Trump disagrees with Georgia’s decision to reopen economy; CDC chief tries to soften controversial coronavirus remarks.
Published: April 22, 2020 at 7:59 p.m. ET
By Jeffry Bartash
Fresh controversies dog White House fight against coronavirus
In politics, footnotes are for the historians to ferret out and determine arbitrarily whether or not to use them in describing past events.
Accused of being anti-science because he is not a Democrat, the critics imply that the voice of reason is the advice of science and their representatives. This past week, the public has been made aware of two unsettling scientific fiascos. First, we were informed that our models for this pandemic are extremely unreliable, or in scientific terms, statistically significant. The projected rates of infection, deaths, and spread have been continually "readjusted." It is normal to readjust data as new data emerges, but when the data goes beyond your standard deviation rates it is time to question the model.
Most recently we learned that the actual testing kits first used were contaminated with the virus itself, making the results of the test invalid and risking those tested who may not have been contaminated with contamination. The purpose of the models were to help prepare our country using the projections as the basis for evaluating our supplies and our capacity to deal with the expected surge at the hospitals. Money was allocated as a result of these projections and as has been recently reported, makeshift MASH and triage stations that were constructed have been disassembled and sent elsewhere after little or no use at the initial site. An excess of some supplies along with, used equipment has now been returned for possible relocation and distribution.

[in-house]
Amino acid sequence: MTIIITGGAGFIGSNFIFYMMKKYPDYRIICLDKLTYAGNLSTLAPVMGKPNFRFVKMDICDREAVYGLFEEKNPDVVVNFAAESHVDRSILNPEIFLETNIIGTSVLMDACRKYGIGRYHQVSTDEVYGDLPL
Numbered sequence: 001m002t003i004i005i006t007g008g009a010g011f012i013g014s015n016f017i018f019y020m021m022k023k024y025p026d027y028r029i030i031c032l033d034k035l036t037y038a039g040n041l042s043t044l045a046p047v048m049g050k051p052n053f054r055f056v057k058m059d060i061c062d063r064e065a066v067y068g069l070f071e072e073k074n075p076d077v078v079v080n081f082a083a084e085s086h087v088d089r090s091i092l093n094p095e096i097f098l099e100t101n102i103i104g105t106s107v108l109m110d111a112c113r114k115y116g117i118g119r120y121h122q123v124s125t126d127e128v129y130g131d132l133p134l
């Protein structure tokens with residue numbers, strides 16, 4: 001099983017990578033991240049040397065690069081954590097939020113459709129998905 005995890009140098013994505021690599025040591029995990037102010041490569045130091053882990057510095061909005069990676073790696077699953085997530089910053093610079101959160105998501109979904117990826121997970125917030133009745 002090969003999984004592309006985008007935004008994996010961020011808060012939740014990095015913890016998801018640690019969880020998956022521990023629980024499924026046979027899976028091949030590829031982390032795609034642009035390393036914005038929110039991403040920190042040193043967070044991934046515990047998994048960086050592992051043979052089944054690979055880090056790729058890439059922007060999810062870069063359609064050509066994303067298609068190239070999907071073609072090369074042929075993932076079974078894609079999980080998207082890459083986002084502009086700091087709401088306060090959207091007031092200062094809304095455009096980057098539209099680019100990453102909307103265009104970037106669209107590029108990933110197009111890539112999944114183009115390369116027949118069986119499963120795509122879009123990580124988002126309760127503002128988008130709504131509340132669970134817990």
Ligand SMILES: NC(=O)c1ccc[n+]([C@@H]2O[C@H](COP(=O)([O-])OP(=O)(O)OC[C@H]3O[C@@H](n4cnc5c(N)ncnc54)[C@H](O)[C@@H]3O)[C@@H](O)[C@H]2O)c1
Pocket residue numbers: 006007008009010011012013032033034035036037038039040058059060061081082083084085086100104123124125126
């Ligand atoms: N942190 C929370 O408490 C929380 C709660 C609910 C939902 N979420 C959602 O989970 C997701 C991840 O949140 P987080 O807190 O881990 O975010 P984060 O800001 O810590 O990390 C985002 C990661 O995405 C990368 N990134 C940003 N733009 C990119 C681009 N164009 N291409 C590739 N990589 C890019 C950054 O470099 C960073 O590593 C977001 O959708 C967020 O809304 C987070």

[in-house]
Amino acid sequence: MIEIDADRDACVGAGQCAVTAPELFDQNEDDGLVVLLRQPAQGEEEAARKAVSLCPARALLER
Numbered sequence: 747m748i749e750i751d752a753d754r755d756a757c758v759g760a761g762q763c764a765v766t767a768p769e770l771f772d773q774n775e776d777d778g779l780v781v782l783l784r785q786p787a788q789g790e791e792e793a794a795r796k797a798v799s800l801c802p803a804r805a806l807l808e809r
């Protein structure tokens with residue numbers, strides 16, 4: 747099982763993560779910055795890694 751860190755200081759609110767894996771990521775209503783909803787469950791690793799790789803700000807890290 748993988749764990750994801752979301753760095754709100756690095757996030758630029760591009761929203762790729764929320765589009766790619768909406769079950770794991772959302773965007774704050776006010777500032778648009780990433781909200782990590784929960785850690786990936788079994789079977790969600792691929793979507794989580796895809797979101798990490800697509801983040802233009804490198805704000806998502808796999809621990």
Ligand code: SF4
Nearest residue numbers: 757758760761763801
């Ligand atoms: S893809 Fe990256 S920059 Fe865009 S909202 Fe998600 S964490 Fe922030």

All of these actions are normal and considered reasonable at the time they were carried out. Some people said that these actions were not enough initially when they were implemented and the fact is that many of these measures were more than what was needed. Is the government now going to be accused of wasting funds after the fact?
The President has been accused of not following the advice of the "experts", but when the "experts" that are followed are wrong, then what? The President put together a team to address the current status of this pandemic and to plan when and how to reopen "the country". This reference shows that Georgia's governor has decided to reopen parts of Georgia that is contrary to the phases that were outlined by the President's task force. Should the President accept the governor's decision as he has even though he has publicly stated that he disagrees with the governor's decision? Or, should the President overrule this governor? Future historians may look at these footnotes prior to their summaries of this period. Today, the political pundits pass down their judgements.
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